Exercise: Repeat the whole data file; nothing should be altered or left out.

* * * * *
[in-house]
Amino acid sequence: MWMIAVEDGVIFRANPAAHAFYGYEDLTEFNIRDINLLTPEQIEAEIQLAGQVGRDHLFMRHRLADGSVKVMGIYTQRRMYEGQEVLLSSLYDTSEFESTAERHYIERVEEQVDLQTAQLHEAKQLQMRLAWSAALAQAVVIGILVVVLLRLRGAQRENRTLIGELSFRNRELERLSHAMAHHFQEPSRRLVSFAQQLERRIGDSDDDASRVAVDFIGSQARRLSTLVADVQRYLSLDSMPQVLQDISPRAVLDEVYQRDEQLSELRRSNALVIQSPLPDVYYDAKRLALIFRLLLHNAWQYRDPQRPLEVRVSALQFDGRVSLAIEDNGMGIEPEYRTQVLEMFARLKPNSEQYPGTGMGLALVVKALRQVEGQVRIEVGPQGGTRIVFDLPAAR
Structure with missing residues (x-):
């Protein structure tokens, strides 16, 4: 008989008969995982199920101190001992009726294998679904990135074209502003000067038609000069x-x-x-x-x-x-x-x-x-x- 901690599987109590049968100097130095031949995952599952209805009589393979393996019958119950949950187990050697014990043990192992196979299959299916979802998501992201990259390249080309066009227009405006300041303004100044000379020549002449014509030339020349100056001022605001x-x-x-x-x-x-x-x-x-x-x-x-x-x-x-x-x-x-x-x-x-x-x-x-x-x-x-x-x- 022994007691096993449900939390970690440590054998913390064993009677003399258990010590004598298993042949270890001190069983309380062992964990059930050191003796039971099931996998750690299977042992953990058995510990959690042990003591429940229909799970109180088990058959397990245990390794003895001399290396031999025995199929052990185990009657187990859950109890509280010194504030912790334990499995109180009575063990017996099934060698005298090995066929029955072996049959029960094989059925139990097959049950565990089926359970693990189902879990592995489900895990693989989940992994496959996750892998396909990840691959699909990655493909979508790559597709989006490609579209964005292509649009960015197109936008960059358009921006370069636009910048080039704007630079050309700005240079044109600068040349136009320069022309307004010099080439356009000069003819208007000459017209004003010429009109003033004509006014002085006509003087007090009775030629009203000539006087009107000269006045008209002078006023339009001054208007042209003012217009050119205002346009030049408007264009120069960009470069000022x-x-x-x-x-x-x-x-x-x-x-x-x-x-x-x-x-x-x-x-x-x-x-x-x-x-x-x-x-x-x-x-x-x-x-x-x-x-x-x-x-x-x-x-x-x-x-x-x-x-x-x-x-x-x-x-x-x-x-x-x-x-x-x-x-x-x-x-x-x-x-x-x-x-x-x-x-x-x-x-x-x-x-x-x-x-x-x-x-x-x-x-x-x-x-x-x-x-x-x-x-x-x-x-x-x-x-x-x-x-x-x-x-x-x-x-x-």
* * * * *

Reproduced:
[in-house]
Amino acid sequence: MWMIAVEDGVIFRANPAAHAFYGYEDLTEFNIRDINLLTPEQIEAEIQLAGQVGRDHLFMRHRLADGSVKVMGIYTQRRMYEGQEVLLSSLYDTSEFESTAERHYIERVEEQVDLQTAQLHEAKQLQMRLAWSAALAQAVVIGILVVVLLRLRGAQRENRTLIGELSFRNRELERLSHAMAHHFQEPSRRLVSFAQQLERRIGDSDDDASRVAVDFIGSQARRLSTLVADVQRYLSLDSMPQVLQDISPRAVLDEVYQRDEQLSELRRSNALVIQSPLPDVYYDAKRLALIFRLLLHNAWQYRDPQRPLEVRVSALQFDGRVSLAIEDNGMGIEPEYRTQVLEMFARLKPNSEQYPGTGMGLALVVKALRQVEGQVRIEVGPQGGTRIVFDLPAAR
Structure with missing residues (x-):
């Protein structure tokens, strides 16, 4: 008989008969995982199920101190001992009726294998679904990135074209502003000067038609000069x-x-x-x-x-x-x-x-x-x- 901690599987109590049968100097130095031949995952599952209805009589393979393996019958119950949950187990050697014990043990192992196979299959299916979802998501992201990259390249080309066009227009405006300041303004100044000379020549002449014509030339020349100056001022605001x-x-x-x-x-x-x-x-x-x-x-x-x-x-x-x-x-x-x-x-x-x-x-x-x-x-x-x-x- 022994007691096993449900939390970690440590054998913390064993009677003399258990010590004598298993042949270890001190069983309380062992964990059930050191003796039971099931996998750690299977042992953990058995510990959690042990003591429940229909799970109180088990058959397990245990390794003895001399290396031999025995199929052990185990009657187990859950109890509280010194504030912790334990499995109180009575063990017996099934060698005298090995066929029955072996049959029960094989059925139990097959049950565990089926359970693990189902879990592995489900895990693989989940992994496959996750892998396909990840691959699909990655493909979508790559597709989006490609579209964005292509649009960015197109936008960059358009921006370069636009910048080039704007630079050309700005240079044109600068040349136009320069022309307004010099080439356009000069003819208007000459017209004003010429009109003033004509006014002085006509003087007090009775030629009203000539006087009107000269006045008209002078006023339009001054208007042209003012217009050119205002346009030049408007264009120069960009470069000022x-x-x-x-x-x-x-x-x-x-x-x-x-x-x-x-x-x-x-x-x-x-x-x-x-x-x-x-x-x-x-x-x-x-x-x-x-x-x-x-x-x-x-x-x-x-x-x-x-x-x-x-x-x-x-x-x-x-x-x-x-x-x-x-x-x-x-x-x-x-x-x-x-x-x-x-x-x-x-x-x-x-x-x-x-x-x-x-x-x-x-x-x-x-x-x-x-x-x-x-x-x-x-x-x-x-x-x-x-x-x-x-x-x-x-x-x-």